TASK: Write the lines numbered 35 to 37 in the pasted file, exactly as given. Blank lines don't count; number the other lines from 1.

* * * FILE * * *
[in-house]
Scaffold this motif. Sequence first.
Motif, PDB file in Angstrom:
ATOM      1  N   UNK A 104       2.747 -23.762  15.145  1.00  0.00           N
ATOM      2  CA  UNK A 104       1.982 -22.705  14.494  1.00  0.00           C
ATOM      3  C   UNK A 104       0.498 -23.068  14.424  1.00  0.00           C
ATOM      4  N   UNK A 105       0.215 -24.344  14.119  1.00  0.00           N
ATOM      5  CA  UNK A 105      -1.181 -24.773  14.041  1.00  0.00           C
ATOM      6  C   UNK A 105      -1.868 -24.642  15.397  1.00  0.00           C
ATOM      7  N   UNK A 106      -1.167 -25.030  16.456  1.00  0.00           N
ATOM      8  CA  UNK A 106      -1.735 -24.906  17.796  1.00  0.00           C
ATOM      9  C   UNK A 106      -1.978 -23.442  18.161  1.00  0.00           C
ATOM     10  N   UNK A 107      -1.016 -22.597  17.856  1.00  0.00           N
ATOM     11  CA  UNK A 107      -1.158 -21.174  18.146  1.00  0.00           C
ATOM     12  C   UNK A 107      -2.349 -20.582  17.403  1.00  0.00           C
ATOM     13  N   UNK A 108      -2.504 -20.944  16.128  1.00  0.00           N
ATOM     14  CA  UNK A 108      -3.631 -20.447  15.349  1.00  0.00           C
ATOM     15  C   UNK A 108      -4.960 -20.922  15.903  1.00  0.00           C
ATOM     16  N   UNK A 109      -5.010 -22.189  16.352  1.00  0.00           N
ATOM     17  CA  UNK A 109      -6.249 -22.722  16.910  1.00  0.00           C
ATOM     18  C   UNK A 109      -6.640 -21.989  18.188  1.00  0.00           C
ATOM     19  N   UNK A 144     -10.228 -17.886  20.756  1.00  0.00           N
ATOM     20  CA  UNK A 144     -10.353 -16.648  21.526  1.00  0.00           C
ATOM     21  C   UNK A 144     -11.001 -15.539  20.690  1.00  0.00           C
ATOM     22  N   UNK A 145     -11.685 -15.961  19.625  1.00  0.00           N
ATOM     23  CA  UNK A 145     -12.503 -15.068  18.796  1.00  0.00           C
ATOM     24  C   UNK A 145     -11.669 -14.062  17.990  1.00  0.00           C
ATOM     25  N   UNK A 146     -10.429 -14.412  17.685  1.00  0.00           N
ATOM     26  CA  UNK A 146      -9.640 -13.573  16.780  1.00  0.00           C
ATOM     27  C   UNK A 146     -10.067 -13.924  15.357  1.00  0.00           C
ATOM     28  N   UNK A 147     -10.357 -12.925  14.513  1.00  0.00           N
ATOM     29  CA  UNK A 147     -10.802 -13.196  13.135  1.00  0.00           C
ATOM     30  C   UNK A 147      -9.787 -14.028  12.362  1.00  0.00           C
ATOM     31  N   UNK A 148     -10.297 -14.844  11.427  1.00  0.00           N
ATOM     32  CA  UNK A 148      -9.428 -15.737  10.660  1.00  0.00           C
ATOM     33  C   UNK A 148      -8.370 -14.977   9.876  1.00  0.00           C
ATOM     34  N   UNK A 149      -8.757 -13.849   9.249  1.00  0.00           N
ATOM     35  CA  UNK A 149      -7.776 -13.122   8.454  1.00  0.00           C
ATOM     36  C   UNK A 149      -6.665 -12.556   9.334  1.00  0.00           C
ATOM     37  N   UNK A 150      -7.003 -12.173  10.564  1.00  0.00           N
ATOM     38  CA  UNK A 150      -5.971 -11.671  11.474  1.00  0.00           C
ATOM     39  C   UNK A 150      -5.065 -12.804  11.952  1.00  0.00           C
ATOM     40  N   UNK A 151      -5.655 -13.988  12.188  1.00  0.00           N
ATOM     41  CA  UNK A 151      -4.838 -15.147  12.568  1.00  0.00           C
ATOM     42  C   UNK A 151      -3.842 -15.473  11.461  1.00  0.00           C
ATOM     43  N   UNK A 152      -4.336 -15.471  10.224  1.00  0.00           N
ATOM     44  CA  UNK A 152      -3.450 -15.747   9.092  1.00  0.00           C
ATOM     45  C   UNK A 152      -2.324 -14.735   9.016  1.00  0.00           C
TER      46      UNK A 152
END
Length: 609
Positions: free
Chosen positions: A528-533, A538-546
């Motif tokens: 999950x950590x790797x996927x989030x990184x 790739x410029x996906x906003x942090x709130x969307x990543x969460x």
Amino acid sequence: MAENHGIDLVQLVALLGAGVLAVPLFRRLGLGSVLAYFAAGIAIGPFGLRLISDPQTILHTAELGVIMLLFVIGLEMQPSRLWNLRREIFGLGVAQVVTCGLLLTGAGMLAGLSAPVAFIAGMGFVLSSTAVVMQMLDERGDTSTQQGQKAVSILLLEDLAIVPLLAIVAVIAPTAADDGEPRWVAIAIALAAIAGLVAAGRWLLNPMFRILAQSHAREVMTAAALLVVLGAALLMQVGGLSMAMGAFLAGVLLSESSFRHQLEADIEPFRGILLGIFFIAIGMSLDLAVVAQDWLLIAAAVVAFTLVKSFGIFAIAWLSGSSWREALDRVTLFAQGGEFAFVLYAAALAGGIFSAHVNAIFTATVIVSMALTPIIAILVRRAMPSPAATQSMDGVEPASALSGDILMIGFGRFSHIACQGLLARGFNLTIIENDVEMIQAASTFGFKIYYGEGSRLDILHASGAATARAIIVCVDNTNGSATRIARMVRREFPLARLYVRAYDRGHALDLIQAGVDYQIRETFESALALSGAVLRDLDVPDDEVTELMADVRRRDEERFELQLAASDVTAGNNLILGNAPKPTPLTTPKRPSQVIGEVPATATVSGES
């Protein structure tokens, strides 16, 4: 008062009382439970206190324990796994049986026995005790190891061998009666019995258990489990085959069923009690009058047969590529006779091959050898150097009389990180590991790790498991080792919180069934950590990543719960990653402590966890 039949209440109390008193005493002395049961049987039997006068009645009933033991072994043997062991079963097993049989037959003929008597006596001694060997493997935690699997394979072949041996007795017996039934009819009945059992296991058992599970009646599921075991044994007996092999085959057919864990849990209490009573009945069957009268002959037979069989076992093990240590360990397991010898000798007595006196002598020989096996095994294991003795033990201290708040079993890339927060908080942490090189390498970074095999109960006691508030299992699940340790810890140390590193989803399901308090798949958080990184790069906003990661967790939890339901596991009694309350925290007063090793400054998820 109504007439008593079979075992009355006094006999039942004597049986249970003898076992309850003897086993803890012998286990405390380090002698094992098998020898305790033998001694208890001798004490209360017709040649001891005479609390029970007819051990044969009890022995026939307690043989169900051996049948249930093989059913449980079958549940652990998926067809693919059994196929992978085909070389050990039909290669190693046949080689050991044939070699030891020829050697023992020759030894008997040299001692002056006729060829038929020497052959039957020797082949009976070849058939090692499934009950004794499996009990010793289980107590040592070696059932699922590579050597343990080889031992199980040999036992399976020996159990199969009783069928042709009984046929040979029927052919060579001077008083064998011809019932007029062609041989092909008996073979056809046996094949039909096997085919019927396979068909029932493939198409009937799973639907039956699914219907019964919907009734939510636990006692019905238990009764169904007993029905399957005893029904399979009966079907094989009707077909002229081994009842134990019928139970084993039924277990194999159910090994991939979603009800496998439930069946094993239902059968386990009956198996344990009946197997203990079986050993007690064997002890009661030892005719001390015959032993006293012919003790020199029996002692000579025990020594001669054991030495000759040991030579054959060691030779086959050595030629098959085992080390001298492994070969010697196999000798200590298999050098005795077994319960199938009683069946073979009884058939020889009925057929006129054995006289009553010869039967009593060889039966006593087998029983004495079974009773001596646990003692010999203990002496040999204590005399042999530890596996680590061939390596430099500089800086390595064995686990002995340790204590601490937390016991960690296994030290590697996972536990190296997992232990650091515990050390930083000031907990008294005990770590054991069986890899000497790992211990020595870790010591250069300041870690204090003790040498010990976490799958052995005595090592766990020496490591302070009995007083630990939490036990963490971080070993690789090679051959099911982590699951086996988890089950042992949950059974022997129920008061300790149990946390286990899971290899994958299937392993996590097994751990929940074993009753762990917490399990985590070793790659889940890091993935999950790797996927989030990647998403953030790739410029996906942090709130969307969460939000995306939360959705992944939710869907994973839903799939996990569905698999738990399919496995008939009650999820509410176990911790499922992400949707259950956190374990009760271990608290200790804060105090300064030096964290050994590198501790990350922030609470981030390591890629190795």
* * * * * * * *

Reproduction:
ATOM     32  CA  UNK A 148      -9.428 -15.737  10.660  1.00  0.00           C
ATOM     33  C   UNK A 148      -8.370 -14.977   9.876  1.00  0.00           C
ATOM     34  N   UNK A 149      -8.757 -13.849   9.249  1.00  0.00           N